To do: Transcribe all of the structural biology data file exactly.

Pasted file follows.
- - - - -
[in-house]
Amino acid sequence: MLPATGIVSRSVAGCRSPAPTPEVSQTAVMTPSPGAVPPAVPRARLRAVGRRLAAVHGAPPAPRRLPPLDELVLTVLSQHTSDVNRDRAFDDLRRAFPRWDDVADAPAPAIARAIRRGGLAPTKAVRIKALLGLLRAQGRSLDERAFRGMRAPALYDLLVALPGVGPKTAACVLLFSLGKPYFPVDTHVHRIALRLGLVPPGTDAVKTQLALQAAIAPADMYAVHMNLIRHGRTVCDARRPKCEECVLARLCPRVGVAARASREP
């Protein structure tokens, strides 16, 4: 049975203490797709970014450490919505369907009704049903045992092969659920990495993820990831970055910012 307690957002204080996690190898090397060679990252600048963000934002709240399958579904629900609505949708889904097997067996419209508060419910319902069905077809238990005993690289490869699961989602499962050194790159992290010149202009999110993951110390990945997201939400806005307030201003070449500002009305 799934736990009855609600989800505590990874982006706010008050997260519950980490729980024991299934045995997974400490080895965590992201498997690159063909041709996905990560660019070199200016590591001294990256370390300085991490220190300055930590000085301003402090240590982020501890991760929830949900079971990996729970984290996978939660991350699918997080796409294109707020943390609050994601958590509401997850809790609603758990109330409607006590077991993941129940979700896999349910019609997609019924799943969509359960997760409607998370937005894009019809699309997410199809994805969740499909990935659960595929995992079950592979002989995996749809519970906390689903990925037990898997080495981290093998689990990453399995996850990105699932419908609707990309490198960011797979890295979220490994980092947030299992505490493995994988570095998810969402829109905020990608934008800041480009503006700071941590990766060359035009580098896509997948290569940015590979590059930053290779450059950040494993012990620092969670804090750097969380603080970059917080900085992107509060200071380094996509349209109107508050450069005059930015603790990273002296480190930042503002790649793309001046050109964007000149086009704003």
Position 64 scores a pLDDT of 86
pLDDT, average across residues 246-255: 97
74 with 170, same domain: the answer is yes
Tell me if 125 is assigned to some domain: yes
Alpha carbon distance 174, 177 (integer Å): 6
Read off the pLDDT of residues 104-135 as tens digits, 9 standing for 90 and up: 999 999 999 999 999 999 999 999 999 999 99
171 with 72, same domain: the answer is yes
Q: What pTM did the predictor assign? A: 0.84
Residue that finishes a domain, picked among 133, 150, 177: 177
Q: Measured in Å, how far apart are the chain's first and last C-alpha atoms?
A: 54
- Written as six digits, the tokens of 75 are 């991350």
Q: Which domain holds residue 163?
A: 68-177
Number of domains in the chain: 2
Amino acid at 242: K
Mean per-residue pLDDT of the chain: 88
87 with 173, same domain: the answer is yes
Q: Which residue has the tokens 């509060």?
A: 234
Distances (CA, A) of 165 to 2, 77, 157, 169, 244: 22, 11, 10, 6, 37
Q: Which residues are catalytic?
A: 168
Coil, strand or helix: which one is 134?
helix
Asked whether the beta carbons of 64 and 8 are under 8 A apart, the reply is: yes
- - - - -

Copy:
[in-house]
Amino acid sequence: MLPATGIVSRSVAGCRSPAPTPEVSQTAVMTPSPGAVPPAVPRARLRAVGRRLAAVHGAPPAPRRLPPLDELVLTVLSQHTSDVNRDRAFDDLRRAFPRWDDVADAPAPAIARAIRRGGLAPTKAVRIKALLGLLRAQGRSLDERAFRGMRAPALYDLLVALPGVGPKTAACVLLFSLGKPYFPVDTHVHRIALRLGLVPPGTDAVKTQLALQAAIAPADMYAVHMNLIRHGRTVCDARRPKCEECVLARLCPRVGVAARASREP
């Protein structure tokens, strides 16, 4: 049975203490797709970014450490919505369907009704049903045992092969659920990495993820990831970055910012 307690957002204080996690190898090397060679990252600048963000934002709240399958579904629900609505949708889904097997067996419209508060419910319902069905077809238990005993690289490869699961989602499962050194790159992290010149202009999110993951110390990945997201939400806005307030201003070449500002009305 799934736990009855609600989800505590990874982006706010008050997260519950980490729980024991299934045995997974400490080895965590992201498997690159063909041709996905990560660019070199200016590591001294990256370390300085991490220190300055930590000085301003402090240590982020501890991760929830949900079971990996729970984290996978939660991350699918997080796409294109707020943390609050994601958590509401997850809790609603758990109330409607006590077991993941129940979700896999349910019609997609019924799943969509359960997760409607998370937005894009019809699309997410199809994805969740499909990935659960595929995992079950592979002989995996749809519970906390689903990925037990898997080495981290093998689990990453399995996850990105699932419908609707990309490198960011797979890295979220490994980092947030299992505490493995994988570095998810969402829109905020990608934008800041480009503006700071941590990766060359035009580098896509997948290569940015590979590059930053290779450059950040494993012990620092969670804090750097969380603080970059917080900085992107509060200071380094996509349209109107508050450069005059930015603790990273002296480190930042503002790649793309001046050109964007000149086009704003």
Position 64 scores a pLDDT of 86
pLDDT, average across residues 246-255: 97
74 with 170, same domain: the answer is yes
Tell me if 125 is assigned to some domain: yes
Alpha carbon distance 174, 177 (integer Å): 6
Read off the pLDDT of residues 104-135 as tens digits, 9 standing for 90 and up: 999 999 999 999 999 999 999 999 999 999 99
171 with 72, same domain: the answer is yes
Q: What pTM did the predictor assign? A: 0.84
Residue that finishes a domain, picked among 133, 150, 177: 177
Q: Measured in Å, how far apart are the chain's first and last C-alpha atoms?
A: 54
- Written as six digits, the tokens of 75 are 């991350």
Q: Which domain holds residue 163?
A: 68-177
Number of domains in the chain: 2
Amino acid at 242: K
Mean per-residue pLDDT of the chain: 88
87 with 173, same domain: the answer is yes
Q: Which residue has the tokens 């509060």?
A: 234
Distances (CA, A) of 165 to 2, 77, 157, 169, 244: 22, 11, 10, 6, 37
Q: Which residues are catalytic?
A: 168
Coil, strand or helix: which one is 134?
helix
Asked whether the beta carbons of 64 and 8 are under 8 A apart, the reply is: yes